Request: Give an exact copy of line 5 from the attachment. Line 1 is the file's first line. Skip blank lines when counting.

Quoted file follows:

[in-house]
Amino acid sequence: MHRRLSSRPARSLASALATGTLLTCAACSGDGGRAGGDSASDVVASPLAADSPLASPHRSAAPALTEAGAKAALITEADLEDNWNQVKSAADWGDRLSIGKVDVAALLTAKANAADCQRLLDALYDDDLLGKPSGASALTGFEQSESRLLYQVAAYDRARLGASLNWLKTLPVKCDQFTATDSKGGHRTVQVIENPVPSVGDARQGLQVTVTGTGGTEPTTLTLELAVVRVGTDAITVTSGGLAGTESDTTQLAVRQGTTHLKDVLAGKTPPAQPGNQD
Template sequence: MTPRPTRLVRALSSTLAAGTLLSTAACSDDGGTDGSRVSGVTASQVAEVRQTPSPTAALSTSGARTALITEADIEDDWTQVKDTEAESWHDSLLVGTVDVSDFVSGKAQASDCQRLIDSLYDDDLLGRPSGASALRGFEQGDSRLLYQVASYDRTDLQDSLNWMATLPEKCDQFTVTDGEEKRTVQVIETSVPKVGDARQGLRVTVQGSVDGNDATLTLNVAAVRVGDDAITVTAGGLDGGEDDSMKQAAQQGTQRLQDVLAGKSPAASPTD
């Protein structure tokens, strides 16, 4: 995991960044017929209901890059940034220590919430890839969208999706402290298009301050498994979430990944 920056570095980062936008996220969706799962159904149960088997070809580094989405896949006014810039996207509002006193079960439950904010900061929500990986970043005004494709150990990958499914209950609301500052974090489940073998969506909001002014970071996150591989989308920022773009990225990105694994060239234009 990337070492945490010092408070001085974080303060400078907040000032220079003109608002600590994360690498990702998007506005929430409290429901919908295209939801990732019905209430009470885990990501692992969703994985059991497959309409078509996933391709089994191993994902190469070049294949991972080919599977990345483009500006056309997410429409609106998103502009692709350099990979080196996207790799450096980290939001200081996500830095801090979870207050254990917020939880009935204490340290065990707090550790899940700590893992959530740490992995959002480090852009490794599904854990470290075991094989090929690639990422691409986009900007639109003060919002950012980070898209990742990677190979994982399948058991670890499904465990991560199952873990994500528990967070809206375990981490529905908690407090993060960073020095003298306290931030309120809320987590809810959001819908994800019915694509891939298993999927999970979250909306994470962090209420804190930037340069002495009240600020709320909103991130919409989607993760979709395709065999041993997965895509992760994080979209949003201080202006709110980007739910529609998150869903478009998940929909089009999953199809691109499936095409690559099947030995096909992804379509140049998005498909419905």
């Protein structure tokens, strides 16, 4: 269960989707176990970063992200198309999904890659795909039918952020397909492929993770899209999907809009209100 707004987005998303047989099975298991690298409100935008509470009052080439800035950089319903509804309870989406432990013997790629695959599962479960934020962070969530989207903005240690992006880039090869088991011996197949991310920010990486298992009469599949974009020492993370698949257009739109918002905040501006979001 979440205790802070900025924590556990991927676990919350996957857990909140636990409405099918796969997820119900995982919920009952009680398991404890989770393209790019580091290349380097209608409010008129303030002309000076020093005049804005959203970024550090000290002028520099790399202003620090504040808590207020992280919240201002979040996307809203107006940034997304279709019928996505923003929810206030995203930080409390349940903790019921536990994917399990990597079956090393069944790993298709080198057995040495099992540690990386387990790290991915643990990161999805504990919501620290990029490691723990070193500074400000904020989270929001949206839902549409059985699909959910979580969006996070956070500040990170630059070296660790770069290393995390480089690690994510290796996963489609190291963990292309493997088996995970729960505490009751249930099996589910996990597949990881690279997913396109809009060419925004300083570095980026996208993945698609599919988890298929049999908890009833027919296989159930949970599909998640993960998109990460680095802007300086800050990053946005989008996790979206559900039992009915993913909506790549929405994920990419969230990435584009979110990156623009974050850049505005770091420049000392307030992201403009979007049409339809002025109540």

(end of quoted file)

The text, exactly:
């Protein structure tokens, strides 16, 4: 269960989707176990970063992200198309999904890659795909039918952020397909492929993770899209999907809009209100 707004987005998303047989099975298991690298409100935008509470009052080439800035950089319903509804309870989406432990013997790629695959599962479960934020962070969530989207903005240690992006880039090869088991011996197949991310920010990486298992009469599949974009020492993370698949257009739109918002905040501006979001 979440205790802070900025924590556990991927676990919350996957857990909140636990409405099918796969997820119900995982919920009952009680398991404890989770393209790019580091290349380097209608409010008129303030002309000076020093005049804005959203970024550090000290002028520099790399202003620090504040808590207020992280919240201002979040996307809203107006940034997304279709019928996505923003929810206030995203930080409390349940903790019921536990994917399990990597079956090393069944790993298709080198057995040495099992540690990386387990790290991915643990990161999805504990919501620290990029490691723990070193500074400000904020989270929001949206839902549409059985699909959910979580969006996070956070500040990170630059070296660790770069290393995390480089690690994510290796996963489609190291963990292309493997088996995970729960505490009751249930099996589910996990597949990881690279997913396109809009060419925004300083570095980026996208993945698609599919988890298929049999908890009833027919296989159930949970599909998640993960998109990460680095802007300086800050990053946005989008996790979206559900039992009915993913909506790549929405994920990419969230990435584009979110990156623009974050850049505005770091420049000392307030992201403009979007049409339809002025109540």